New Zealand


New Zealanders are medium-scale consumers of television, with about 85% of the nation over the age of 5 being frequent consumers, and around 93% watching television at least once on any given week. New Zealanders as a whole watch about three hours a day of broadcast television. In terms of what is available in New Zealand, television is on a small scale. Between satellite, terrestrial and cable TV, there are only four providers: Freeview, Sky, Vodafone, and TelstraClear. Terrestrial television is only available in larger cities, and cable television is only available in Wellington and Christchurch. There are 11 free channels available across the nation, an additional 22 free channels available on a regional basis, and a few pay-to-view networks, all of which come from SkyTV except for a small Vodafone offering.


Print Newspaper

Print news penetration in New Zealand is on the decline in favour of online news consumption, but between 65%-75% of New Zealanders still pick up a newspaper once a week. New Zealanders are not major consumers of print news – the total daily circulation of all the major print news sources in New Zealand totals less than 550,000, which is under 20% of the country’s population. The circulation rate of every major paper has fallen in the last two years: New Zealand’s most widely circulated papers are Wellington’s The Dominion Post, Auckland’s The New Zealand Herald, Dunedin’s Otago Daily Times, and Christchurch’s The Press, all of which circulated to at least 7,000 fewer people in 2016 than in 2015, except the Otago Daily Times which lost about 1,500 units of circulation. Print news ownership in New Zealand shows market dominance for Fairfax New Zealand and APN News and Media.



For a traditional medium, radio is a little more popular in New Zealand relative to print news. 82% of New Zealanders tune into the radio at least once a week, and radio stations’ online versions are growing increasingly popular: Radio NZ National’s online consumer base grew by 55% last year. While there are fewer than 20 widely-read newspapers, there are almost 30 radio stations in New Zealand. Radio New Zealand, the state-run radio broadcast, reaches more unique listeners (more than 563,000) than every newspaper combined reaches unique readers (around 550,000). The most popular radio broadcasters in New Zealand’s public radio sector, besides Radio New Zealand itself, are Iwi Radio Network (a Maori/aboriginal network), and Access Radio network. In the private sector, the most popular broadcasters are Central Media Group and New Zealand Media and Entertainment.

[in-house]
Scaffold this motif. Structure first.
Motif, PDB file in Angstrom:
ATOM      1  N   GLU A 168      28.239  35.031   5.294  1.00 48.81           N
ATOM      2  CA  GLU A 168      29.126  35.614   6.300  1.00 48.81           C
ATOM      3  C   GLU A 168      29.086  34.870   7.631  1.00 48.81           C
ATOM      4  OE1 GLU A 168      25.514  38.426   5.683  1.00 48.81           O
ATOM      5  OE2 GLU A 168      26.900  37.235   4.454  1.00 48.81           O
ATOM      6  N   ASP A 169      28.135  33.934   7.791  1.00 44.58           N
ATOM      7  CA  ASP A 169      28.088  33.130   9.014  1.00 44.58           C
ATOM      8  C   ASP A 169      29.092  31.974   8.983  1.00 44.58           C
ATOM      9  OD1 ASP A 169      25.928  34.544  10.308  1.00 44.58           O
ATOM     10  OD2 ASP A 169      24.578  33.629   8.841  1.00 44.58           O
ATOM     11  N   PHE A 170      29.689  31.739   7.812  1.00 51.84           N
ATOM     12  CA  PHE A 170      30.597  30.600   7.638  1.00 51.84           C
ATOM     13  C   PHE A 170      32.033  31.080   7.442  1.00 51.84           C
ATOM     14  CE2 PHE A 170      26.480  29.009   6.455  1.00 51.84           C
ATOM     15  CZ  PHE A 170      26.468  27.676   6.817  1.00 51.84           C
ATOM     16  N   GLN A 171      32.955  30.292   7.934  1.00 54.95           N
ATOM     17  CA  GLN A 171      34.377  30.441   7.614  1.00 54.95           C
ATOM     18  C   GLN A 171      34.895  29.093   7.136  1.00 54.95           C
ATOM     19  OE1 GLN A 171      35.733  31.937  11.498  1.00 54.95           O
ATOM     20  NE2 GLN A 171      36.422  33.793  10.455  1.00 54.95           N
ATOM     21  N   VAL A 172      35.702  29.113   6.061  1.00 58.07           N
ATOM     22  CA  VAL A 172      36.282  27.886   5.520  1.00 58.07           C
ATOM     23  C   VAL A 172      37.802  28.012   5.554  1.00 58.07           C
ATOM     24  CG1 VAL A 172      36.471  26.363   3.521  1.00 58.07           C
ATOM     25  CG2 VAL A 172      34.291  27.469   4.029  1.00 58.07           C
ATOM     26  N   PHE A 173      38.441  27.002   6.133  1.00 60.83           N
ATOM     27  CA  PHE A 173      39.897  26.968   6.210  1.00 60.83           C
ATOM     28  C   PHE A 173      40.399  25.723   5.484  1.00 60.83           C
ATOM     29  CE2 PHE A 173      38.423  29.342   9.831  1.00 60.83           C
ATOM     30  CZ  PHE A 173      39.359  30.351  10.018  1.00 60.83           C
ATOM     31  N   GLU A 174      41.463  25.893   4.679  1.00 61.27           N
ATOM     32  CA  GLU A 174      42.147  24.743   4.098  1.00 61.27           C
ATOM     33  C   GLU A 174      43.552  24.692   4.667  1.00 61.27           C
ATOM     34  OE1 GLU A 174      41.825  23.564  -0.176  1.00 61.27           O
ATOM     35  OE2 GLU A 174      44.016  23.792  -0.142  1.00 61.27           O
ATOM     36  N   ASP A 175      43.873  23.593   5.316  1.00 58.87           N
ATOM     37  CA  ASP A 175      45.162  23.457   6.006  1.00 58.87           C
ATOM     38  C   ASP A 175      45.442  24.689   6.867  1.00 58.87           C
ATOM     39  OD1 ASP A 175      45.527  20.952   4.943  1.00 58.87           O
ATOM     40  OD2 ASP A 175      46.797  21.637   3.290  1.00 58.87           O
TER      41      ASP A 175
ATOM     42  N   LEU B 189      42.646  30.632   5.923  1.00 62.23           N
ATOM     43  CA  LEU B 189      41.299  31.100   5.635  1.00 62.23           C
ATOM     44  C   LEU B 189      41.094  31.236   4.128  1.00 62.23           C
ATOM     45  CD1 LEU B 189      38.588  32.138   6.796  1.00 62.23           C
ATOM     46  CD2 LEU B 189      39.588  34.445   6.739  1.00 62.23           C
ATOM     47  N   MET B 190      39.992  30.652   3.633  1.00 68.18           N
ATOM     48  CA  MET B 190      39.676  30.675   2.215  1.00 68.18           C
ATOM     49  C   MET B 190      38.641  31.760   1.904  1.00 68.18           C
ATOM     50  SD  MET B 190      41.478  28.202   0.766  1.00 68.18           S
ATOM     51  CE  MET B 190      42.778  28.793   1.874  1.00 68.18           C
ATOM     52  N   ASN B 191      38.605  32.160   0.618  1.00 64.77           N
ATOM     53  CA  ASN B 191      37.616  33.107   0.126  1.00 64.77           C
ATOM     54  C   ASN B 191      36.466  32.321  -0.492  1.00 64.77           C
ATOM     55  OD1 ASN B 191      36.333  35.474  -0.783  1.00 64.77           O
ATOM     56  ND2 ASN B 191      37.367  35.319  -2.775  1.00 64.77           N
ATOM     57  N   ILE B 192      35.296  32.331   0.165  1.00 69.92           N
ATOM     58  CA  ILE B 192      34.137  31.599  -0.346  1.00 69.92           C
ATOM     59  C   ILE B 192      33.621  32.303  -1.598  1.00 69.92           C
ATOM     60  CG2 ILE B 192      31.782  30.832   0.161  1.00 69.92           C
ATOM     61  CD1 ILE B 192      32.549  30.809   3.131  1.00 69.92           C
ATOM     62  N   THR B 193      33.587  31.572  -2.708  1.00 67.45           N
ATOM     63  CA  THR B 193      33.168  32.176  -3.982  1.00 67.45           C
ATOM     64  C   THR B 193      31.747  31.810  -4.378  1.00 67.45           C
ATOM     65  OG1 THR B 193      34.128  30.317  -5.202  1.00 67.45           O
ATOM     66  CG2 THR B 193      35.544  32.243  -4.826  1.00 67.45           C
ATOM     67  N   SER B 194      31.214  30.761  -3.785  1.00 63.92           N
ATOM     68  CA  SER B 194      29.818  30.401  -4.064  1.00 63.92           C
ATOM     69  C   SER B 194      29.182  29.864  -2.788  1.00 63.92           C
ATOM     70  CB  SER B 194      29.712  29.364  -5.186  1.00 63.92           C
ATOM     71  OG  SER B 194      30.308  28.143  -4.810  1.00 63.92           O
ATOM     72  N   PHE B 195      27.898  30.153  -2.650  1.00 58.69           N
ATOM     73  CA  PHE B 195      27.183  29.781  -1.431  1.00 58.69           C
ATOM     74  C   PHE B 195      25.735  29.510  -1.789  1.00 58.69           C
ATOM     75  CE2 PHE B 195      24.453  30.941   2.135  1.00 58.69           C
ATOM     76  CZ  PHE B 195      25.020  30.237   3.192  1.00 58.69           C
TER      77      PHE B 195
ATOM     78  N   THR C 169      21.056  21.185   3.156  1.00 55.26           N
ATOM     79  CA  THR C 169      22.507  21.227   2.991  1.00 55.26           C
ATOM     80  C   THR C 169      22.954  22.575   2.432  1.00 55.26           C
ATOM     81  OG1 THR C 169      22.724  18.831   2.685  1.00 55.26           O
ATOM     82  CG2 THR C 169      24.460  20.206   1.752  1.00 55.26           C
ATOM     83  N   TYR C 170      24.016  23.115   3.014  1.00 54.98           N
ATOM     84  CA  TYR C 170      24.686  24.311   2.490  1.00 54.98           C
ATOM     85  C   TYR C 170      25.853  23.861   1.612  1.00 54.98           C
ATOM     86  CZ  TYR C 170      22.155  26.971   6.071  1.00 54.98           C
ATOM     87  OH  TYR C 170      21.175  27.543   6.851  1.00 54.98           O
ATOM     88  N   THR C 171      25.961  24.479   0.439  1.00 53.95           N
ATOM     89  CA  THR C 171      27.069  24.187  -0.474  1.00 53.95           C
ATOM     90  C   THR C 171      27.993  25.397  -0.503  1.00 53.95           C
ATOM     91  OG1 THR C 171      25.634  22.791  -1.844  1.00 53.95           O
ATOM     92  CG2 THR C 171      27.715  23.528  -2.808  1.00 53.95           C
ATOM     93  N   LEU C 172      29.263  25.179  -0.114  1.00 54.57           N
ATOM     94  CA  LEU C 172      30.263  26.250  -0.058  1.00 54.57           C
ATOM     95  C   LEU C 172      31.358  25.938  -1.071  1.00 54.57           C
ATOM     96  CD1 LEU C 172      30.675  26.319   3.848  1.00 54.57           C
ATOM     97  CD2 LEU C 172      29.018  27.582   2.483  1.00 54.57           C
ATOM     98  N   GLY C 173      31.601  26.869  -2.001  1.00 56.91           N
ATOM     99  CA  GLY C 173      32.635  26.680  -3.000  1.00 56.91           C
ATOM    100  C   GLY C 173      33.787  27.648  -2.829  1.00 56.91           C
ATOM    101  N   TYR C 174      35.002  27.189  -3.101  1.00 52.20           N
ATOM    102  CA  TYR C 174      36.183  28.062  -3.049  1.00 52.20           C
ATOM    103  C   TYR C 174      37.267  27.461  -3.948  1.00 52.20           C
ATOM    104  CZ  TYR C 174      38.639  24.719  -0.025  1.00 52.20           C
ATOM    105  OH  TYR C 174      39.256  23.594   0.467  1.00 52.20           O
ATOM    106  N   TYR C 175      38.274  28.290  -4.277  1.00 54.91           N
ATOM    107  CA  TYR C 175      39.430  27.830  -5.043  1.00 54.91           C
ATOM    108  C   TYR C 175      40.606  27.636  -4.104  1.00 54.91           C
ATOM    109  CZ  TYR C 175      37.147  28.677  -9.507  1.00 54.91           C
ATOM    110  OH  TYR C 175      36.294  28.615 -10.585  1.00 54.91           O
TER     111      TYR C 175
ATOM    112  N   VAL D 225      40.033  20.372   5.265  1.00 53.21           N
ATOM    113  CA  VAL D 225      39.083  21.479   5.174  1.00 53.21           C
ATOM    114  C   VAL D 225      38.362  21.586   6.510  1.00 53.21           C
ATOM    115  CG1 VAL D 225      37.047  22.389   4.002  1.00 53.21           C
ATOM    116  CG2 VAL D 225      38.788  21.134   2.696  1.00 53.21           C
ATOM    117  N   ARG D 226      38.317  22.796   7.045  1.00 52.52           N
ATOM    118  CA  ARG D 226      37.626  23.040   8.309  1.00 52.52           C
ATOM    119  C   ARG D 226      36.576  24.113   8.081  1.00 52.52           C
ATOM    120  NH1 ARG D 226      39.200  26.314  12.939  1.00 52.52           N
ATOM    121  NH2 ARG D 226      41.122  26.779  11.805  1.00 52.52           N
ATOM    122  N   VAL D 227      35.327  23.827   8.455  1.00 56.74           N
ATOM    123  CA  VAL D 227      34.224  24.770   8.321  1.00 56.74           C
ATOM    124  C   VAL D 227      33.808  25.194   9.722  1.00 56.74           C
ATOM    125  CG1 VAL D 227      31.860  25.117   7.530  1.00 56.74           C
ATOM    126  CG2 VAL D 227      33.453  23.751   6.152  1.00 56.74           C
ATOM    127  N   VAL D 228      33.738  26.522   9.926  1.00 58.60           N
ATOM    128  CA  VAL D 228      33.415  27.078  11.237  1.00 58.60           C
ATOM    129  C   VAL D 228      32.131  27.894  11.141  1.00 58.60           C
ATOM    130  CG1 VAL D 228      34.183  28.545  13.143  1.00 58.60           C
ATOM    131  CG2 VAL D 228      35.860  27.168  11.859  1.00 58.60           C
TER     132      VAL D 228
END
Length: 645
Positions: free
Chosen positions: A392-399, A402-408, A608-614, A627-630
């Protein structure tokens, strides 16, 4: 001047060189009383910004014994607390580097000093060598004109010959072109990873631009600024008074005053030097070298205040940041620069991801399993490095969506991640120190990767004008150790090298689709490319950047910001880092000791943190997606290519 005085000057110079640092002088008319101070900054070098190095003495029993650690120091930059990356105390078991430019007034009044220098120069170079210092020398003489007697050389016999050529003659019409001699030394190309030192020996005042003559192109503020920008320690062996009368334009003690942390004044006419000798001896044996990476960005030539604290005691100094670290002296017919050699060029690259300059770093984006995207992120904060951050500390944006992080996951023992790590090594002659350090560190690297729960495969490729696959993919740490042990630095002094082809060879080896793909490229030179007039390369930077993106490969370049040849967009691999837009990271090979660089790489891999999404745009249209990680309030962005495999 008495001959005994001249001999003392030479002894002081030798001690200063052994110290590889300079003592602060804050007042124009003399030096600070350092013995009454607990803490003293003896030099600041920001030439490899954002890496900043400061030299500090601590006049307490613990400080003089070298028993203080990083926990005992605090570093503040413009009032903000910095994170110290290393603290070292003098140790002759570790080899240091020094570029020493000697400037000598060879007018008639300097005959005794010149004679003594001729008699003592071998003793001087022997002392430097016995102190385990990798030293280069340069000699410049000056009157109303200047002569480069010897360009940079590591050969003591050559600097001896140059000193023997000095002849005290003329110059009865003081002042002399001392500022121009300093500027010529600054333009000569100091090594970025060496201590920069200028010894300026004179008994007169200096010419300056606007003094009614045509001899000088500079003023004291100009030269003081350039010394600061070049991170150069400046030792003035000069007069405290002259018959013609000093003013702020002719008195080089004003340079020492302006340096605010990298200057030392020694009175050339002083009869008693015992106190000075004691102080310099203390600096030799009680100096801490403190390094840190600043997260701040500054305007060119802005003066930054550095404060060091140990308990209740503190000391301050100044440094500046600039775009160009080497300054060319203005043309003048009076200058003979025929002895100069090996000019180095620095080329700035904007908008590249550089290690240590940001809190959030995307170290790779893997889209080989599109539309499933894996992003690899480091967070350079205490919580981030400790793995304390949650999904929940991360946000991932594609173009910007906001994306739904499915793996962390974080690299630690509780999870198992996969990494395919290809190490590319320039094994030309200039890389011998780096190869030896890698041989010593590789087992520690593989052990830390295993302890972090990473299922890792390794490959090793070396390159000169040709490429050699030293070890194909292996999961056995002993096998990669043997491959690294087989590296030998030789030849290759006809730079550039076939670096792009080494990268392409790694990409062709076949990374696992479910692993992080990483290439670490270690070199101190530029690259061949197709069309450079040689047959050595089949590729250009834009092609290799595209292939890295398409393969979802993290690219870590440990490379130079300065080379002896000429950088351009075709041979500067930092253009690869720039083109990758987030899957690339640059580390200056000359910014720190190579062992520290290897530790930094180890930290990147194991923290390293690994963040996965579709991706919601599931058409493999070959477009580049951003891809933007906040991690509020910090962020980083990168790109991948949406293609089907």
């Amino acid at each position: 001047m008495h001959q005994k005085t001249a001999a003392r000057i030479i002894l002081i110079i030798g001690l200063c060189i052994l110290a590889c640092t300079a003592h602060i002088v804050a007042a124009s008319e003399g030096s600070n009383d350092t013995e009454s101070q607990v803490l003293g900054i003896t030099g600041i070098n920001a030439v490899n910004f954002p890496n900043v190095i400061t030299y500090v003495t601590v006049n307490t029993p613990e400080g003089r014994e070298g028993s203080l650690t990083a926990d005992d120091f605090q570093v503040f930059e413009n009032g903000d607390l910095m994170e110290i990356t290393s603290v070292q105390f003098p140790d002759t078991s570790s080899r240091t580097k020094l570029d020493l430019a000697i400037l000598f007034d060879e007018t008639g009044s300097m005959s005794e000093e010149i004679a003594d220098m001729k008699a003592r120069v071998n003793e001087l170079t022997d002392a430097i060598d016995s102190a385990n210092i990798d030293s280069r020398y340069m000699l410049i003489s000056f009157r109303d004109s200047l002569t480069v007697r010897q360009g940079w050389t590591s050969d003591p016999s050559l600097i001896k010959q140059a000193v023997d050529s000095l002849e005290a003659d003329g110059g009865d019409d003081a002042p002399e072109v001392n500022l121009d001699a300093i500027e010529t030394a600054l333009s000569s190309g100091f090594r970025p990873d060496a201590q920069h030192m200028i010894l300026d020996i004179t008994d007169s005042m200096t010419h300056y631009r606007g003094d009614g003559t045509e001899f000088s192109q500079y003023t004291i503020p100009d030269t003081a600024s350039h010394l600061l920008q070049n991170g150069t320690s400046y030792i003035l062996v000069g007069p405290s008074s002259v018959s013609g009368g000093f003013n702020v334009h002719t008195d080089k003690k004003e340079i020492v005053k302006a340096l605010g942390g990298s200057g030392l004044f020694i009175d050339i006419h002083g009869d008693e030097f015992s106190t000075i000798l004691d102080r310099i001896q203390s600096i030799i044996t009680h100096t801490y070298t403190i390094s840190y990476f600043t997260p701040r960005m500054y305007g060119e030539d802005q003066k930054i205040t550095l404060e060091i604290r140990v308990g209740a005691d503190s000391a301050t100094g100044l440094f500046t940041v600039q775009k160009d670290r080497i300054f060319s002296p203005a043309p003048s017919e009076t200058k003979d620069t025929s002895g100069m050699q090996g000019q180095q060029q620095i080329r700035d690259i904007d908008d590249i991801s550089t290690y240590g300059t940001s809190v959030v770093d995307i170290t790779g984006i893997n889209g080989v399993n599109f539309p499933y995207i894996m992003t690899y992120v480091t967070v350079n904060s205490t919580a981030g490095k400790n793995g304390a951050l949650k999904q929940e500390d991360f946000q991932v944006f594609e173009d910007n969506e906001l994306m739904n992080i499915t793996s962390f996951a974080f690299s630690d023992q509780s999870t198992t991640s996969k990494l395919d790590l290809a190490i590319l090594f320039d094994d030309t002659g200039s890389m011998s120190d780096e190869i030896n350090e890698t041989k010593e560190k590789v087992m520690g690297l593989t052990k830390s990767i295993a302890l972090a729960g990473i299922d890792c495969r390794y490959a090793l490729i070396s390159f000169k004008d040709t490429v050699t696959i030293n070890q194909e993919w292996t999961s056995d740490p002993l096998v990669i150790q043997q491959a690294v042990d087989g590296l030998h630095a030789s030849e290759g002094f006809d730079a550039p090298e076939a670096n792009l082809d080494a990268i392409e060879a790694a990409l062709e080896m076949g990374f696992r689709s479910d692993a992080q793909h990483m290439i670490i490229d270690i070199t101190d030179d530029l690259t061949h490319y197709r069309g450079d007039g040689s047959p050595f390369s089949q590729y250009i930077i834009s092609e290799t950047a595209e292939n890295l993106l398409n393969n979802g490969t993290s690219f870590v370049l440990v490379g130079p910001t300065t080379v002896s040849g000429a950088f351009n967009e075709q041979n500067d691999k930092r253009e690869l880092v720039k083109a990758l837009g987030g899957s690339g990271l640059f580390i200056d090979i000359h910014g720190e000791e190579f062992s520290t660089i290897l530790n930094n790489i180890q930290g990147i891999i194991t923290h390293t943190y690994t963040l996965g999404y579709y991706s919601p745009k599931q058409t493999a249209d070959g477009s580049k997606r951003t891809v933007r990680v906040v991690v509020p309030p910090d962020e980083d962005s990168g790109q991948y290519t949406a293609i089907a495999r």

Digital Media

The internet is almost as popular as television in New Zealand, making it one of the most active countries online per capita. While around 93% of New Zealanders watch television on any given week, about 89% use the internet once a week, meaning just over 4 million people across the nation are active internet users. Young New Zealanders are especially active on the web, with 97% of New Zealanders between the ages of 18-34 accessing the internet every day. The most popular websites in New Zealand are Google, YouTube, and Facebook. Besides these multinational web services, three websites unique to New Zealand also appear in the top ten most-visited sites in New Zealand: the first is, which is an entertainment and news website owned by Fairfax Media. The second is, which is an auction site similar to eBay also owned by Trade Me, and the third is, which is the online media presence of The New Zealand Herald.


Out of Home Media

Out of home media in New Zealand is provided mostly (88%) by companies which are members of OMANZ, the Outdoor Media Association of New Zealand. The two biggest providers of out of home media in New Zealand are oOh!Media and APN Outdoor. These two companies have proposed a merger and together control over 50% of the nation’s out of home media.

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